The 2014 Care Act was widely hailed a landmark of British social care as it defines social care needs across Britain and sets out exactly what councils across England need to do in order to meet elderly people’s needs through either home care, part-time or full-time residential care placements.
However, while the Care Act has changed the way that government funding for elderly people that need it is allocated, but it can be difficult to get to grips with exactly how it works. A new guide produced by Caring Homes, entitled “Funding the Cost of Care”, cuts through the confusion to provide readers with a clear, informed information source that deals with the questions they need answering.
This will subsequently enable them to make an informed decision about the sort of establishment they want to move into in order to save as much money as possible. It’s important that elderly people are aware about what the Care Act means for them because of the potentially high costs of moving into a care home – it can cost anywhere between £25k and £33k per year for standard care, and up to £45k for nursing care depending on where in the UK you live.
With that in mind, everyone could probably do with a little help, which the Care Act may well entitle you to. With funeral, pension and home insurance all taking on greater significance at this time of life, any way in which you can save money should be welcomed.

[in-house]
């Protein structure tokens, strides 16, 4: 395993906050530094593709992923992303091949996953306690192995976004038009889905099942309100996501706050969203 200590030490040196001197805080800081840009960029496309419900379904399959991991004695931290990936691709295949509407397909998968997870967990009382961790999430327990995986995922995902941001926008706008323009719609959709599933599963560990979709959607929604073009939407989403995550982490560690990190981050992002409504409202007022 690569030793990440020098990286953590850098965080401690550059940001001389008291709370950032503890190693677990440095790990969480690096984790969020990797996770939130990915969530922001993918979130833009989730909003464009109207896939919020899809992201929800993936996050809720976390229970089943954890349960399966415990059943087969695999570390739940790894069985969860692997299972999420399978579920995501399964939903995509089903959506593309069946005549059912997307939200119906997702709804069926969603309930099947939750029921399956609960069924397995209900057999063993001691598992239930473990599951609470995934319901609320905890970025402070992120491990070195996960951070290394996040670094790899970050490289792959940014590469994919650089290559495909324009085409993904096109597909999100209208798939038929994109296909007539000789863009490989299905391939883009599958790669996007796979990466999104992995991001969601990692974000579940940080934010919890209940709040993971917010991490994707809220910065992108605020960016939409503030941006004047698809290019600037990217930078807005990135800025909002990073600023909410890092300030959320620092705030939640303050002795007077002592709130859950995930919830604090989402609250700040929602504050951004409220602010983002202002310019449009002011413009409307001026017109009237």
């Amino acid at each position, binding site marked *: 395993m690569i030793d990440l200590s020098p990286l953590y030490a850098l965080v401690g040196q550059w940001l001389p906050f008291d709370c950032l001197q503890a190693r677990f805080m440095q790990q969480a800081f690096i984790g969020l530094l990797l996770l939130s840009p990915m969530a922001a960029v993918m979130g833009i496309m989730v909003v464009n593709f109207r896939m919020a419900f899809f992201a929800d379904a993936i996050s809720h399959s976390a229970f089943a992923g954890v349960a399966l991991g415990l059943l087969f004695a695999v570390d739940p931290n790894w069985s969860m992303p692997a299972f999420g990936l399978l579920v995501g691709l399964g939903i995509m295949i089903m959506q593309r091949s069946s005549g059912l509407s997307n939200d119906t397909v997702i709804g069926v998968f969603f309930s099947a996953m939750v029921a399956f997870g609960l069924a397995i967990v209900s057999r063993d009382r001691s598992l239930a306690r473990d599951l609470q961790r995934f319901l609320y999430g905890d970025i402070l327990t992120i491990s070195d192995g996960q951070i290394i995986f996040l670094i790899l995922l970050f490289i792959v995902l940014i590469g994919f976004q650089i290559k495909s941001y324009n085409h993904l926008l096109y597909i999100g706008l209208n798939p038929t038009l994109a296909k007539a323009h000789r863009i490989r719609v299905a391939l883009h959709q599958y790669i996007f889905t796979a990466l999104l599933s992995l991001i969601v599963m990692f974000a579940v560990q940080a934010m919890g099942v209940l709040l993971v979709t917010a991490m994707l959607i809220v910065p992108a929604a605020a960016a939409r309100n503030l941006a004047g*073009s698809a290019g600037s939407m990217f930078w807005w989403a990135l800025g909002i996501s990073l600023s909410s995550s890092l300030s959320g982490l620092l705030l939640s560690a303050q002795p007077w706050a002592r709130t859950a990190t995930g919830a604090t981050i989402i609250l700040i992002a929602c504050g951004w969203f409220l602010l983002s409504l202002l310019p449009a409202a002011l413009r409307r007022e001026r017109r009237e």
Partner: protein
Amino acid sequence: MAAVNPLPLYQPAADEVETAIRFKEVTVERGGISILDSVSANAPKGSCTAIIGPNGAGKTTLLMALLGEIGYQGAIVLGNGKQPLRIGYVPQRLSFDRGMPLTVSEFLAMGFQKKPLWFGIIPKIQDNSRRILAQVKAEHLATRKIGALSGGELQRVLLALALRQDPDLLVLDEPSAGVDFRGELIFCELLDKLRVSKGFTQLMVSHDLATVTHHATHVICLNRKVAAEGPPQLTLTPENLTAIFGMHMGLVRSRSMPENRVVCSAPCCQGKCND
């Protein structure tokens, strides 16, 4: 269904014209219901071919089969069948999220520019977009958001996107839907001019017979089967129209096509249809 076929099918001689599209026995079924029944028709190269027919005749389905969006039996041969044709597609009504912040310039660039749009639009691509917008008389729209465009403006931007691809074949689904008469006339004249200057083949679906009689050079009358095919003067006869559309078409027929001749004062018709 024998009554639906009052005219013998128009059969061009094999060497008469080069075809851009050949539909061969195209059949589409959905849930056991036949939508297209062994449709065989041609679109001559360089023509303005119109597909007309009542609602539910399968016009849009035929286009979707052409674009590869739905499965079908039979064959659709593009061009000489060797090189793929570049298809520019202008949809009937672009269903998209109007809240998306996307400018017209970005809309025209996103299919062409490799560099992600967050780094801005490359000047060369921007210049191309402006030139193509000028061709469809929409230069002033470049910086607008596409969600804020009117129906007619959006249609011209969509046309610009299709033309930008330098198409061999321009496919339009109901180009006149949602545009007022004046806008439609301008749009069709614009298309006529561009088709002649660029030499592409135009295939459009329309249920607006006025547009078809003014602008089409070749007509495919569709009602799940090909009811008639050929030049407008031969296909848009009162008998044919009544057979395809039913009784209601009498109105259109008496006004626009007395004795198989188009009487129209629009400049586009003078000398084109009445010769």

From April 2015
Local authorities will now have a greater responsibility with regard to providing care and support to older people in their communities and will be obliged to provide people the access they need to help with everyday tasks such as personal care, cooking and engaging with the community.
From April 2016
From April 2016, the costs of full-time residential care will be capped at £72k for everyone aged 65 and over. The move was first proposed in 2013 by the Department of Health and is intended to create a fairer system.However, while the move has been welcomed as a positive step, it will not impact everyone.
To qualify, you must be deemed to have high care needs, which will be assessed by social workers.
The guide goes into greater detail about the Care Act and the different levels of financial impact that it might have on you. Download it now for more information.